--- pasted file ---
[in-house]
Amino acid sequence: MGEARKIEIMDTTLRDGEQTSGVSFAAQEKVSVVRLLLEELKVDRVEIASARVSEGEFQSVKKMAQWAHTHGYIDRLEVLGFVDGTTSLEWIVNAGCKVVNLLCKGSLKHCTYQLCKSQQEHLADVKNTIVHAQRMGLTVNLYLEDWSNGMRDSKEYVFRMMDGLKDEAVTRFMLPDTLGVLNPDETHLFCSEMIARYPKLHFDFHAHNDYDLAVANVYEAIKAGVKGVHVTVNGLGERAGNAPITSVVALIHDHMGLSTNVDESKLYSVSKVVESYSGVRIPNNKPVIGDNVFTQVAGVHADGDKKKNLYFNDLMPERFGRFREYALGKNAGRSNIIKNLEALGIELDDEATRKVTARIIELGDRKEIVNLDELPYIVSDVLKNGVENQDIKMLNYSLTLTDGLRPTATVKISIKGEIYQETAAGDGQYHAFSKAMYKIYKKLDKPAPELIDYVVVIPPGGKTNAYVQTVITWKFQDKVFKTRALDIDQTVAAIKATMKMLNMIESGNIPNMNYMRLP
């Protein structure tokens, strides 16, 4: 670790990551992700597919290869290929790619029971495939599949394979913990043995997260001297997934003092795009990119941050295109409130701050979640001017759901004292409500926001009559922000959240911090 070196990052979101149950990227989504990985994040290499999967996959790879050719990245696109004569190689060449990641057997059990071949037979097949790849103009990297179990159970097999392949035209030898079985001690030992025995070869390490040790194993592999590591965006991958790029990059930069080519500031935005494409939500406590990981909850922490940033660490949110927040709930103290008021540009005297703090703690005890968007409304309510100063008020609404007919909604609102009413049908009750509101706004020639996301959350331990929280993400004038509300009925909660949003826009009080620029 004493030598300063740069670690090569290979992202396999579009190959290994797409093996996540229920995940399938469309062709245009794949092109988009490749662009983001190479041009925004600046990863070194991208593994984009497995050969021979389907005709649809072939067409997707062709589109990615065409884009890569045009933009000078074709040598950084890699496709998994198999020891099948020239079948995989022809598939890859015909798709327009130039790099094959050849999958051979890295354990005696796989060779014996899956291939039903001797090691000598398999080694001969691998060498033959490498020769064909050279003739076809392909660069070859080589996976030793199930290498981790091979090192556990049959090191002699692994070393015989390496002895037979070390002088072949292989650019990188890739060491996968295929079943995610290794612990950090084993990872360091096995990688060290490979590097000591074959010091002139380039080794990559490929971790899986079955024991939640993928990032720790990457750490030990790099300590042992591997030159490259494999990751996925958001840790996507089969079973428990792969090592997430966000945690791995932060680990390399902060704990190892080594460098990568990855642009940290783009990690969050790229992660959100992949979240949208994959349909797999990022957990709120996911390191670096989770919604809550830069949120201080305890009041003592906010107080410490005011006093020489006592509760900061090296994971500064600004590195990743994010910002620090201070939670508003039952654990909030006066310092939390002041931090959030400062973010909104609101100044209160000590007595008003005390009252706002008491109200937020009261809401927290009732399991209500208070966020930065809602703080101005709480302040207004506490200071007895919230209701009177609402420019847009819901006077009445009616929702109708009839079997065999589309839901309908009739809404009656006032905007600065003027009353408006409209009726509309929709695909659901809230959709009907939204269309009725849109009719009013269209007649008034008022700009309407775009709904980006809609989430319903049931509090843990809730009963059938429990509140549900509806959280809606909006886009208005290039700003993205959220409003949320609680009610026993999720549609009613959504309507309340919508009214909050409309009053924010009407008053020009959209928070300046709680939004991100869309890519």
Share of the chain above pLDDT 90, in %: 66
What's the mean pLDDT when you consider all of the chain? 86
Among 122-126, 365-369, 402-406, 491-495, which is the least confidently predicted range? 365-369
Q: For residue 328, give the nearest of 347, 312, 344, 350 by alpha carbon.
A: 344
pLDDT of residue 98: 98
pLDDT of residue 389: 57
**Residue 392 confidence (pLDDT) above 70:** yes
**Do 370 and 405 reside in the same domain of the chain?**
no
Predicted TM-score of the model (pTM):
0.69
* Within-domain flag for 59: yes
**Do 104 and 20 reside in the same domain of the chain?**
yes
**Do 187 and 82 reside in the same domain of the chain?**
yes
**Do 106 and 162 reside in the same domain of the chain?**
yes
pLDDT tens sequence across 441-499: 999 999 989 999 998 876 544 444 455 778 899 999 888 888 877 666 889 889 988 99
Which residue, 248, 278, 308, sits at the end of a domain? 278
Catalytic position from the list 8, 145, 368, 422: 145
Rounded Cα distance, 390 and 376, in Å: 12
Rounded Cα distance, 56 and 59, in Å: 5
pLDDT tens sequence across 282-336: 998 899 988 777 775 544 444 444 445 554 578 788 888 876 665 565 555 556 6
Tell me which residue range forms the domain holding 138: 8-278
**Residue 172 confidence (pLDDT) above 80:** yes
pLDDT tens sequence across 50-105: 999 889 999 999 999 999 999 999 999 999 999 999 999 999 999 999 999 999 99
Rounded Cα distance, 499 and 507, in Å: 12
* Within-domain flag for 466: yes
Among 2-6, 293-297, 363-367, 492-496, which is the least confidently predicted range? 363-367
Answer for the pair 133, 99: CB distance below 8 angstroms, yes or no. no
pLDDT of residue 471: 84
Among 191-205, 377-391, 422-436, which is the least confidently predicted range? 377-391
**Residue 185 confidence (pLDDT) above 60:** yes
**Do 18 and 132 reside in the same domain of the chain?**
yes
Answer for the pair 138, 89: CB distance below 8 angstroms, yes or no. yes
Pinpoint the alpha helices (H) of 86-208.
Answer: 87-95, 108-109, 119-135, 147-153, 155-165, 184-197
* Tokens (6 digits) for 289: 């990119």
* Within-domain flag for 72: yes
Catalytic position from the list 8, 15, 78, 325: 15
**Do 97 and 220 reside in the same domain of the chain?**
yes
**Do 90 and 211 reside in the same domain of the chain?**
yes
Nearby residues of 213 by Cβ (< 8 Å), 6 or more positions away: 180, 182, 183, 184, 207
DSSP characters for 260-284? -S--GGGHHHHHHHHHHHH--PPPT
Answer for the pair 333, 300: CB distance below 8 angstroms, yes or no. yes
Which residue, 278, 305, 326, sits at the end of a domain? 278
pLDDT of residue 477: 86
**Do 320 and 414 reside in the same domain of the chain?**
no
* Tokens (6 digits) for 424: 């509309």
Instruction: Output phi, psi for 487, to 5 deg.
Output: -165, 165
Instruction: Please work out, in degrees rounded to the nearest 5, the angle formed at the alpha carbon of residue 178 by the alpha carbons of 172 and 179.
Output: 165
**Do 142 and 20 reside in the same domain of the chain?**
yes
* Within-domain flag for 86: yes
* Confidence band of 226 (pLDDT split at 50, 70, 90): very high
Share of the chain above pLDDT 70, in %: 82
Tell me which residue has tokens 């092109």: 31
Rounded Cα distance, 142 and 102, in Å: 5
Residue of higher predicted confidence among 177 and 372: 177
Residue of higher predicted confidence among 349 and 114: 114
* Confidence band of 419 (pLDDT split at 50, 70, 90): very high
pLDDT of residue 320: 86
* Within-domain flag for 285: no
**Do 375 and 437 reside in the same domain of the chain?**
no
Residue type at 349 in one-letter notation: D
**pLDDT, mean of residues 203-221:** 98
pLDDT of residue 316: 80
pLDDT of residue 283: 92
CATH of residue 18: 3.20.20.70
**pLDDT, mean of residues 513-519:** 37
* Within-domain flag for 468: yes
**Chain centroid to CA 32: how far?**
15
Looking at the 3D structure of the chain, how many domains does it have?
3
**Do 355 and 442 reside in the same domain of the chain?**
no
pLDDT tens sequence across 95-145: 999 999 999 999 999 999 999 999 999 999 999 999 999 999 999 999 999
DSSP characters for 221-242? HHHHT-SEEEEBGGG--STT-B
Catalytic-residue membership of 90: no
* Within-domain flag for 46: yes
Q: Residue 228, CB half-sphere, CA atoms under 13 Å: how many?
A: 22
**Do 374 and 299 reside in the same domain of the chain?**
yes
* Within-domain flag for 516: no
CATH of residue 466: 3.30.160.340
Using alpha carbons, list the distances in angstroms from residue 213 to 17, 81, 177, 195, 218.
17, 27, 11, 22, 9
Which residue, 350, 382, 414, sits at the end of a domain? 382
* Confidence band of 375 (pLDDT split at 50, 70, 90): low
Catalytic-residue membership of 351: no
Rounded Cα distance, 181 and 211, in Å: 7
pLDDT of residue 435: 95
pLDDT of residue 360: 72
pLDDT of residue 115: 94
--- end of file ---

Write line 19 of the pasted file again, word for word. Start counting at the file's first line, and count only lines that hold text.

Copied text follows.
**Do 187 and 82 reside in the same domain of the chain?**